- Features | April 22, 2014
Ready for the Regulators? Training Your Managers and Employees
With increased enforcement by a myriad of state and federal agencies, such as the National Labor Relations Board (NLRB), the Equal Employment Opportunity Commission (EEOC), and the Occupational Safety and Health Administration (OSHA), do your managers and employees have the know- how to ensure your company’s compliance with workplace rules and regulations? What follows are some short scenarios to illustrate some of the issues that arise in the workplace, as well as a short primer on some of the training you should provide to your workforce. Providing training will ensure the company is better prepared to defend employment-based charges or claims and have a well-trained, smarter and, in the end, more productive workforce.
Five employees at a remote worksite tell your foreman that they’re fed up with working overtime, he’s a stupid jerk, and they’re walking off the job. He tells them they’re all fired. Did he handle the situation correctly?
No. With the NLRB’s aggressive agenda, the company is probably in trouble. The employees’ walkout is more than likely “protected concerted activity” because two or more of the workers approached the foreman with a complaint about working conditions. Employees typically can’t be fired or disciplined for such activity. Regarding the comment to the foreman, surprisingly, the Labor Board has found such language to be protected, just as it has found handbook rules requiring employees to be courteous to coworkers or not be insubordinate to managers illegal. The lesson is to train your managers in what they can and cannot say or do in such situations. Review your handbook and company rules to ensure they’re square with the NLRB. Teach your managers to be better managers and communicators. If done properly, employees will deal better with workplace issues. They’d be less likely to go outside the company (e.g., filing a charge with the NLRB) to find solutions.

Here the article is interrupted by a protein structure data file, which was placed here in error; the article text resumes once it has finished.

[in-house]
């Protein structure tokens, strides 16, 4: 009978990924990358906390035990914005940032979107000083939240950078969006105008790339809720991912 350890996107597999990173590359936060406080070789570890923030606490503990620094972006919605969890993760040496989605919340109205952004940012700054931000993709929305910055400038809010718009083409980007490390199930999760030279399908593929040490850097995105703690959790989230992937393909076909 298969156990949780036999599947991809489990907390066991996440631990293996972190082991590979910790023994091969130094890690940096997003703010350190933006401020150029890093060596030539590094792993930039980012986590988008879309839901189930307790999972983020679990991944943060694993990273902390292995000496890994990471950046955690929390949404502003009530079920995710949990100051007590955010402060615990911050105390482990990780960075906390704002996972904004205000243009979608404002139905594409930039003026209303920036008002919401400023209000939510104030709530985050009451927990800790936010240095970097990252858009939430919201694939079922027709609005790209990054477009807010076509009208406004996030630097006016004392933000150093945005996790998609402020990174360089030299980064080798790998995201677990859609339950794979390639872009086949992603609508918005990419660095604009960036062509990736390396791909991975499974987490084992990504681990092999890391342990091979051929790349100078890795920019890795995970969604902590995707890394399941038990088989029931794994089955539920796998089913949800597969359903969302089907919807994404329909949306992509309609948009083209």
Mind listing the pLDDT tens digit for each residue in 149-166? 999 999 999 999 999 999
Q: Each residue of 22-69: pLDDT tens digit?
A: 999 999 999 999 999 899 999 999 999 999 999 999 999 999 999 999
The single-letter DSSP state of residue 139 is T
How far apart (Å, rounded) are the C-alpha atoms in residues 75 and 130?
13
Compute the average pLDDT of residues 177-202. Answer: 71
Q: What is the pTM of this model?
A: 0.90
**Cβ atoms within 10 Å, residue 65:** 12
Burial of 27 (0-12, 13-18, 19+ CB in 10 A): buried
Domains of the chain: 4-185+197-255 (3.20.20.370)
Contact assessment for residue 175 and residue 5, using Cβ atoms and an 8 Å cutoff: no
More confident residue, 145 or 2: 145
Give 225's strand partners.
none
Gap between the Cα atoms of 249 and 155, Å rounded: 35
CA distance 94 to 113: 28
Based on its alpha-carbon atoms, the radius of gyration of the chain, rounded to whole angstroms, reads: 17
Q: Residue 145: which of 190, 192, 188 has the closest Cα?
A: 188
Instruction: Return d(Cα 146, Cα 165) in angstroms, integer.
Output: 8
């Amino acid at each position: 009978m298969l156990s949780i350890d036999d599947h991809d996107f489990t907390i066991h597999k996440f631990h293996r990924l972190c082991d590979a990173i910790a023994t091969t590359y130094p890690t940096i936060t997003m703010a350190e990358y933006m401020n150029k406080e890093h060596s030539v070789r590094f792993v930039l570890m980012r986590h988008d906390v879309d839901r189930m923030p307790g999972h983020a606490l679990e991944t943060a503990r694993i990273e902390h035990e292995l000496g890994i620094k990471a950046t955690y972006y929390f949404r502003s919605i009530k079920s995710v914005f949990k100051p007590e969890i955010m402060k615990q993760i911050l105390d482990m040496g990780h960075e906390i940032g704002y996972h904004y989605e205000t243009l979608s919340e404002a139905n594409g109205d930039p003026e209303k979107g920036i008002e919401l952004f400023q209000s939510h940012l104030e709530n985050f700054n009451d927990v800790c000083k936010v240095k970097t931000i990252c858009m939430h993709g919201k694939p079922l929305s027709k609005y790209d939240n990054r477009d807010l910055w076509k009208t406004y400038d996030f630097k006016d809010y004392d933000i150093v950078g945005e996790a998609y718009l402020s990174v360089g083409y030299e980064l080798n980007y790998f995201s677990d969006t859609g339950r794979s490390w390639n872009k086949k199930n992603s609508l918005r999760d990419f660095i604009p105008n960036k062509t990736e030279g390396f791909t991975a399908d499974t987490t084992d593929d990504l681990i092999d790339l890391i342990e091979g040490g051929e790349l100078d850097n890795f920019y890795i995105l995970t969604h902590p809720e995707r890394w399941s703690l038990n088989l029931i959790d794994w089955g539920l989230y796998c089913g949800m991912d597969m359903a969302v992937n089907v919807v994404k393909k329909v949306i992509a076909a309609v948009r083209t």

You have water leaking from the ceiling onto energized presses and drilling equipment. A maintenance worker climbs up some old scaffolding and attempts to fix the leak. A supervisor is standing on the floor telling him to hurry up and stop the water. The employee slips and falls to the ground. Someone calls OSHA and a compliance officer shows up. Do you have a problem?
Maybe. Did the employee have on proper personal protective equipment (PPE)? Were adequate fall protection measures taken? Did the supervisor make sure the employee was properly equipped and trained to handle the problem? If the answer is no to any of these questions, an OSHA citation will more than likely follow. The lesson is that OSHA has specific training requirements for both employees and managers. In this scenario, the employee should have been trained in the use of PPE and fall protection measures, at the least; same with the supervisor. The employer needs to prove the training took place. Documentation is essential. One other note, if properly trained and the employee/supervisor still does not follow OSHA-required protections, worker misconduct is a defense to a citation when your workforce does not follow the rules.
John is an equipment operator. He’s also a minority. John is terminated for misconduct. You receive an e-mail from John claiming he was discriminated against and harassed based on his race. What do you do?
Just because John is gone doesn’t mean your obligations regarding his allegations end. If the employer knows or should have known discriminatory behavior may have occurred, it has an obligation to remedy any wrongdoing. The lesson is that the company should investigate John’s claims. This includes interviewing John, if he’s willing, and any employees (or managers) who may have witnessed John’s claims. Document your efforts. If you conclude harassment or discriminatory behavior occurred, take proper disciplinary action against the g